This week’s column is a little bit different aside, that is, from its appearance in a Monday rather than a Sunday edition of the Toronto Sun.
I’ve always been interested in the past, present and future of public transportation here in our city.
Unlike many other members of the media, I will refrain from applauding or criticizing the plan as presented the other day by Premier Ford’s government. One thing that really intrigues me is the suggestion that the 15-stop, $10.9-billion “Ontario Line” will be operated using some yet-to-be defined vehicles described all-to-briefly as “smaller, automated trains.”
Could it be an attempt to resurrect a previous provincial government-sponsored project, the Krauss-Maffei magnetic levitation experiment that was to take place on the CNE grounds back in the mid-1970s?
That project was an abject failure. All the government will tell us is that work on that new line will be underway by the end of 2020 and open to the public well before the end of that decade. I guess we’ll just have to wait and see what they’ve got up their collective sleeves.
I was disappointed however by the premier’s not-so-vague censure of our TTC, suggesting the commission should stick to scheduling and vehicle maintenance. I’ll react to his comments by simply offering the following four examples of the many transit innovations that were conducted right here in Toronto that unlike the government’s K-M system did work.
Premier, please show some more respect for OUR TTC!
— Even while electricity was still bewildering the general public, Belgian-American Charles van Depoele and Torontonian J. J. Wright were busily
perfecting ways of moving large crowds of people safely and efficiently using that wonder of the age. They developed vehicles that were the
forerunners of today’s streetcars and, in an upgraded variation, light-rail vehicles. The boys’ earliest successes were carried out in the summer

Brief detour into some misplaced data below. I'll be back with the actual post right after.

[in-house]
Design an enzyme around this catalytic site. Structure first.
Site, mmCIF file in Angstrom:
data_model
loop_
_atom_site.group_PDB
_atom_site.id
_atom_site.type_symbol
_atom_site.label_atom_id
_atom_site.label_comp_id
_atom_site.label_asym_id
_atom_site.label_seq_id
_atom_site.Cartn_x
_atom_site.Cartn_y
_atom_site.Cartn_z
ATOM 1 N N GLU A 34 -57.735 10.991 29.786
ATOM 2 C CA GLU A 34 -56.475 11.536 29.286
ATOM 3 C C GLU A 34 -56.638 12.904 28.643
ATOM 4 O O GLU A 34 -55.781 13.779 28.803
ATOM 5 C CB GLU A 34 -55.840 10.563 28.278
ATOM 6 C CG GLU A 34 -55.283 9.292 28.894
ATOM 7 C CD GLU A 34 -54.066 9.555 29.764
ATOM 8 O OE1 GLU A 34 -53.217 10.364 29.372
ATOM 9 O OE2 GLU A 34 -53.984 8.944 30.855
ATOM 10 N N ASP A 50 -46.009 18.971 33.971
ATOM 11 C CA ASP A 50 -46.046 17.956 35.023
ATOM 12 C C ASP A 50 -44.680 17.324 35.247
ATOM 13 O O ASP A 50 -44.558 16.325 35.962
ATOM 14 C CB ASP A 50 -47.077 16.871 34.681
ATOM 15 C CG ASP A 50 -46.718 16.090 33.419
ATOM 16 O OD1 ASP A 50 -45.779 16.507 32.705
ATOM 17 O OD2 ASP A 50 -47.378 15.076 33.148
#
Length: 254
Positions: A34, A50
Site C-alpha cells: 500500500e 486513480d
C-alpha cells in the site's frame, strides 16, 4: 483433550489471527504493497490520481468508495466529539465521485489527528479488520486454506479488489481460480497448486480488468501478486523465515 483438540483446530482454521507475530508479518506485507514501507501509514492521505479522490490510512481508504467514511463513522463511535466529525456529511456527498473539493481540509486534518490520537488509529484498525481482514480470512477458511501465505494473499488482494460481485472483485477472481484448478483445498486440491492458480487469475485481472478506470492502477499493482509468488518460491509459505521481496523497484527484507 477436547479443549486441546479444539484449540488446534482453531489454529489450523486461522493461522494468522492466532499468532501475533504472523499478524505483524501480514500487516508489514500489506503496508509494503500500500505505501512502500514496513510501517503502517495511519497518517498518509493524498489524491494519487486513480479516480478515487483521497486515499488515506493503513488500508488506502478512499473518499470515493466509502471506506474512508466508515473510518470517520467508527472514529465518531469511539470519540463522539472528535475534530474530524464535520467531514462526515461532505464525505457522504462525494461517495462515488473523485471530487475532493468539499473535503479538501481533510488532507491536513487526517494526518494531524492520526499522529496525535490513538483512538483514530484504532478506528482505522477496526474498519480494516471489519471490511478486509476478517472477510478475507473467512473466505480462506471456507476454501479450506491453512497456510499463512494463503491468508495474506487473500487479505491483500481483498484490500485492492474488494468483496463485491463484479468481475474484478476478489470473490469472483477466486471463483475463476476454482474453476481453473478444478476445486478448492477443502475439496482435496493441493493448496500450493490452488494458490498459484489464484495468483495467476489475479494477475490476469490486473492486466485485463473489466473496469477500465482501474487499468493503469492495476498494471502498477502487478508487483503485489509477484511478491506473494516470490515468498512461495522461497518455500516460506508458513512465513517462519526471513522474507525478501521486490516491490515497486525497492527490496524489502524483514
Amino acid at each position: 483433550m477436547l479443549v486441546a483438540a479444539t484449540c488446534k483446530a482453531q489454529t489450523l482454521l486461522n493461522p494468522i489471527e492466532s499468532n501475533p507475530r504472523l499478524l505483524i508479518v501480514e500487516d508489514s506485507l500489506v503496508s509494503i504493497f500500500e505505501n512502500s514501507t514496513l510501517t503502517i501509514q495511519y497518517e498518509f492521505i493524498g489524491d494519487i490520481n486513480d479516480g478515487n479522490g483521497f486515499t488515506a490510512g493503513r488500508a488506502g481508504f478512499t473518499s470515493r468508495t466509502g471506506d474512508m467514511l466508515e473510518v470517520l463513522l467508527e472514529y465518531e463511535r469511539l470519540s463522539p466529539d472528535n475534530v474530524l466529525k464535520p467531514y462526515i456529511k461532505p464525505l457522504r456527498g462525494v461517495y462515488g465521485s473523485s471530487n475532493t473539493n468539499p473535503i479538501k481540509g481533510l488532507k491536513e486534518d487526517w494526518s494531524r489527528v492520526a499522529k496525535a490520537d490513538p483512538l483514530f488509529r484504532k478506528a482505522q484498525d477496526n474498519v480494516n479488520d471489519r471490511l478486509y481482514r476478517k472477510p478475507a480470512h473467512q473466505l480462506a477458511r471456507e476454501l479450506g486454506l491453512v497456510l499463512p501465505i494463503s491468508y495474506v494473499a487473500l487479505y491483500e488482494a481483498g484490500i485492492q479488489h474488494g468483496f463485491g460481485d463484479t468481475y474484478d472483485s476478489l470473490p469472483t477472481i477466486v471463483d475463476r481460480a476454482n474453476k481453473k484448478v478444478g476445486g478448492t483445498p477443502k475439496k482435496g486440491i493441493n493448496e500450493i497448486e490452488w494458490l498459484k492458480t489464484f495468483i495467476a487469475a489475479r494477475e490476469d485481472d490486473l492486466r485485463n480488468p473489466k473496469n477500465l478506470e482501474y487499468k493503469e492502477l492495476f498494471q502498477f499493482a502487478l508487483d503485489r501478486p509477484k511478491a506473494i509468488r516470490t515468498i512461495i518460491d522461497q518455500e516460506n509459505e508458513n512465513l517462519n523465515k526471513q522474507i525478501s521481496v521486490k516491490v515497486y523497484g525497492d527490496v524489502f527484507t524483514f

of 1885 at the Toronto Industrial Exhibition. Wright assisted van Depoele in perfecting a way of safely collecting electricity from an overhead
wire using a “witch’s broom,” the trolley pole, a method still in use in various parts of the world.
— More maneuverable but with less carrying capacity, the TTC introduced the electric trolley coach in 1922, the year after the commission was
established. Much improved versions of the quiet, pollution-free trolley bus were in city service until 1993.
— In September of 1931, in an attempt to move more people more quickly, the TTC purchased four double-deck buses from New York City’s Fifth
Avenue Coach Line. They were the predecessors to today’s high capacity articulated buses that operate on the TTC’s busiest bus routes. The
bus in this view is on the TTC’s first bus route, Humberside.
— Our TTC really got ahead of the pack by promoting, building and opening the country’s first rapid transit line. It was also the first in the
world to open after the end of the Second World War. Work began on our subway in late 1949 and was officially opened to the first of its man
millions of paying (!!) passengers on March 30, 1954. Here the TTC proudly displays one of the new Yonge subway trains at the 1953 edition of